For real time responsiveness embrace the legacy

Written by on June 4, 2015 in BillingViews, Opinion with 0 Comments

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While the industry debates virtualisation, clouds and real time responsiveness, spare a thought for the people in good old fashioned billing. It may be that a time is coming when customers will look back on actually receiving a bill with a possibly fond, but wry smile. It may be that payments is the ‘new’ billing. It may be that – ultimately – ‘telcos’ become agile enough to partner a range of companies in a range of arenas in order to offer compelling products.

But while that whole process is taking place billions of billing cycles will also be taking place. And the people who are in charge of making sure that those billions of bills are accurate and get out on time will not be particularly aware of the intense and urgent discussions about real time responsiveness, policy management, context aware marketing offers and personalisation.

The question is how best to manage the cost and complexity of producing those bills in the meantime.

The answer is not easy and is painful – especially for some of those people producing the billions of bills, who will end up in the reject pile.

We have been discussing the risks of full-scale transformations for years. We have talked about outsourcing until the bar has closed. We have considered bolting on bits and pieces since the programmer who knew the code and no-one else did retired. All of these options make sense in one scenario or another.

One strategy that is getting a lot of attention is to embrace the legacy and start again – at the same time. It is not necessarily the case that the newest system is the most efficient at grinding out those billions of bills. Some operators have realised this and are migrating customers onto older systems that are – relatively – cheap to run and reliable in grinding out said billions of bills, accurately and on time.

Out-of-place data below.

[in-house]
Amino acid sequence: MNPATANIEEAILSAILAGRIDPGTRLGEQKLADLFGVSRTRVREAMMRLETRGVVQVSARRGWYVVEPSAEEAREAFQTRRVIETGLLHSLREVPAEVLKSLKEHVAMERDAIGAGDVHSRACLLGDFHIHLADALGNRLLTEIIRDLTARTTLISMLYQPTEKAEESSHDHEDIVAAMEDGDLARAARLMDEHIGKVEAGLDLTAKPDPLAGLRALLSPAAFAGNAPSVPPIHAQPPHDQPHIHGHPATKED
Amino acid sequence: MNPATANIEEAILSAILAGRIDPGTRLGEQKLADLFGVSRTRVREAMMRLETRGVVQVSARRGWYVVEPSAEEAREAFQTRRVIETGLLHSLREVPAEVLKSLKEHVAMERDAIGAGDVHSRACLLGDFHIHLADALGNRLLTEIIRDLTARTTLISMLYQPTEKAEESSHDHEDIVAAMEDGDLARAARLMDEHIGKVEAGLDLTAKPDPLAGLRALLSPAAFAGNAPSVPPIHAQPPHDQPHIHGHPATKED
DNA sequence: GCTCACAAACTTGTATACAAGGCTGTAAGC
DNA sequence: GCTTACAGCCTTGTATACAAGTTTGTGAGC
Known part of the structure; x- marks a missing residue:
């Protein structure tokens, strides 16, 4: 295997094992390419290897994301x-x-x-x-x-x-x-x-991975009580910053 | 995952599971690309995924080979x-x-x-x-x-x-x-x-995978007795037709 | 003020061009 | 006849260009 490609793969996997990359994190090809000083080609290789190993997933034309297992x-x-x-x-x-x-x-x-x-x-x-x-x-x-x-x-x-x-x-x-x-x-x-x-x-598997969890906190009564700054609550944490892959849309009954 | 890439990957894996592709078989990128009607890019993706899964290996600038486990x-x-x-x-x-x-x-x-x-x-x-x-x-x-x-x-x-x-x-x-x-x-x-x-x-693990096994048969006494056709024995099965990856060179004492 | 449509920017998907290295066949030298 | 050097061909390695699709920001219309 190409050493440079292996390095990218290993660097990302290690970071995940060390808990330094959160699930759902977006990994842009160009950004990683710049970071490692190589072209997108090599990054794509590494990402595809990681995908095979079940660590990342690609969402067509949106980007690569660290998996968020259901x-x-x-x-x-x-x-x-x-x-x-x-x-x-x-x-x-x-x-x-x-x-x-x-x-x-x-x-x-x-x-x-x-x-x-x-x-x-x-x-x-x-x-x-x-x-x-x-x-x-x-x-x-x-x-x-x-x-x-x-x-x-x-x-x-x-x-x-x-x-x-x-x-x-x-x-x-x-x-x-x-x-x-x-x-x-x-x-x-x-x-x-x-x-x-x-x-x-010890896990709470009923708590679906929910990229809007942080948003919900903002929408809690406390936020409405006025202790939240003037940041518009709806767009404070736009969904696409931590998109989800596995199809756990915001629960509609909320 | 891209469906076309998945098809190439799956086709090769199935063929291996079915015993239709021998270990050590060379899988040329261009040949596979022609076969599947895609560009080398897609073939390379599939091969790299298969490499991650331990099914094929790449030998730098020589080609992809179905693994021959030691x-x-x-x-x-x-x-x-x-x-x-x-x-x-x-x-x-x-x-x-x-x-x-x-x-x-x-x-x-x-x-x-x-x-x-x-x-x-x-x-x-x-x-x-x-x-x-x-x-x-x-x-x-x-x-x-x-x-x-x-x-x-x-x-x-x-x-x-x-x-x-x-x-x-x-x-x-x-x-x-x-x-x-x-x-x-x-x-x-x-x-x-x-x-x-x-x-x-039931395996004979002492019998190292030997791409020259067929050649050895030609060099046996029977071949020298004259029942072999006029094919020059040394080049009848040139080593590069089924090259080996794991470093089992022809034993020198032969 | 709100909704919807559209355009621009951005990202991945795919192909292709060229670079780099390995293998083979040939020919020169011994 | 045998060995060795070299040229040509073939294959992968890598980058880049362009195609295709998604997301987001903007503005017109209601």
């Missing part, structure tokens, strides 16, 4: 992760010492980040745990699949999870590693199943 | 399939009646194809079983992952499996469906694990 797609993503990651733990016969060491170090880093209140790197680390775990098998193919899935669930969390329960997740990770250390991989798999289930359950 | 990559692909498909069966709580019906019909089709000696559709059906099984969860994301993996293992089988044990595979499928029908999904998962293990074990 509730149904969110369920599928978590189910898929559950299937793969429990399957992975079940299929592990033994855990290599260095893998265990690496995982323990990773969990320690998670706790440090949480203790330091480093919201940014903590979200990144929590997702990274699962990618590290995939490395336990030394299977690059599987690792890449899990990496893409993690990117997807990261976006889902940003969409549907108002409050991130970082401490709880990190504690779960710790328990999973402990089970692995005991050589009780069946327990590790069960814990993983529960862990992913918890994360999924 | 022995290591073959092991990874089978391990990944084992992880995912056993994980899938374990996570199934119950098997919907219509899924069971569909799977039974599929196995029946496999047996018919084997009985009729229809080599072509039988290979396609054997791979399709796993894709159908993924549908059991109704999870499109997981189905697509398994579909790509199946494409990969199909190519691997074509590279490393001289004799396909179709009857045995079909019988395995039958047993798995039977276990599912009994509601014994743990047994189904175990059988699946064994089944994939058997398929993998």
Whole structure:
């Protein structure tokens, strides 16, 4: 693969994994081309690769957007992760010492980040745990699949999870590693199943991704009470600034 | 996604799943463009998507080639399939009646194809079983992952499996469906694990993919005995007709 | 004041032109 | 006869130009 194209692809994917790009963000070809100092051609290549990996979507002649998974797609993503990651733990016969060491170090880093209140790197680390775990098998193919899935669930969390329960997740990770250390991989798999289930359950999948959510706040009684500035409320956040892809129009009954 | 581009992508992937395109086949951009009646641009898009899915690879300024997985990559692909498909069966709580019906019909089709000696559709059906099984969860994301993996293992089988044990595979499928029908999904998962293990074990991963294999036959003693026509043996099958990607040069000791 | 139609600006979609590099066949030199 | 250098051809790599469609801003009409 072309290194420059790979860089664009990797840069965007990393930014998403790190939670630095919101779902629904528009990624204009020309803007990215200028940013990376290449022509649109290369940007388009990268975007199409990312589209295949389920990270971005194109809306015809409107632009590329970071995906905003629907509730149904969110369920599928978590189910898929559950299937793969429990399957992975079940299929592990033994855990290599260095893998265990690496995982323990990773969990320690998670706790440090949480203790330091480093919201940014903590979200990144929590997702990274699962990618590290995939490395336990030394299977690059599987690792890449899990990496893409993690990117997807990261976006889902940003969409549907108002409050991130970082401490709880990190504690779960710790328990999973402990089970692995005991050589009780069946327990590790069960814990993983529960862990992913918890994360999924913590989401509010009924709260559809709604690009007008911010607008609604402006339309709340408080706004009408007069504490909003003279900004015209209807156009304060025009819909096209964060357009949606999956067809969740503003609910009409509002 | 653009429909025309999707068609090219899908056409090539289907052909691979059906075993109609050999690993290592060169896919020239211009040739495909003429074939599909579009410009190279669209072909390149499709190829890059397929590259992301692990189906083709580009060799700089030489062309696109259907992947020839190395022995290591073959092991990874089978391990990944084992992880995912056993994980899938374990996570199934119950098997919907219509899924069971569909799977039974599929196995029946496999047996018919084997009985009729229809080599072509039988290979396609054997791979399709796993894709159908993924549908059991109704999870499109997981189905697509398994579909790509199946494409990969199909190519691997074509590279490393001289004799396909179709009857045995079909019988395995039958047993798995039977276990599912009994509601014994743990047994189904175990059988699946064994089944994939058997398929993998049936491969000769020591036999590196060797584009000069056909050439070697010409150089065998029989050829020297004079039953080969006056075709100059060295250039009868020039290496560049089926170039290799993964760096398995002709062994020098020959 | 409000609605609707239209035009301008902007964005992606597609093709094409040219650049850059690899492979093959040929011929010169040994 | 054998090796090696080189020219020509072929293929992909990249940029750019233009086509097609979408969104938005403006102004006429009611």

At the same time, these canny operators are setting up green field operations. These are either within the existing corporate structure, or completely separate and, in more and more cases, in the form of MVNOs. Green field is cheap, there is no impact on legacy and customer service channels and processes can be designed from the ground up. Over time, customers can be migrated onto the green field systems and processes. Or not – as long as the information held in all the systems can be accessed holistically and seamlessly.

The main argument against this approach is that real time offers cannot become a reality without real time information. This, of course, is not entirely true. Real time offers that work and produce that magical ‘Ah Ha’ moment for the customer such that he clicks ‘OK’ are based to a large extent on historical patterns of behaviour. And the historical patterns of behaviour will come – to a large extent – from those reliable and rugged systems that are grinding out those billions of bills.

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About the Author

About the Author: Alex was Founder and CEO of the Global Billing Association (GBA), a trade body focused on the communications sector. He is a sought after speaker and chairman at leading industry conferences, and is widely published in communications magazines around the world. Until it closed, he was Contributing Editor, OSS/BSS for Connected Planet. He is publisher of DisruptiveViews and previously BillingViews. .

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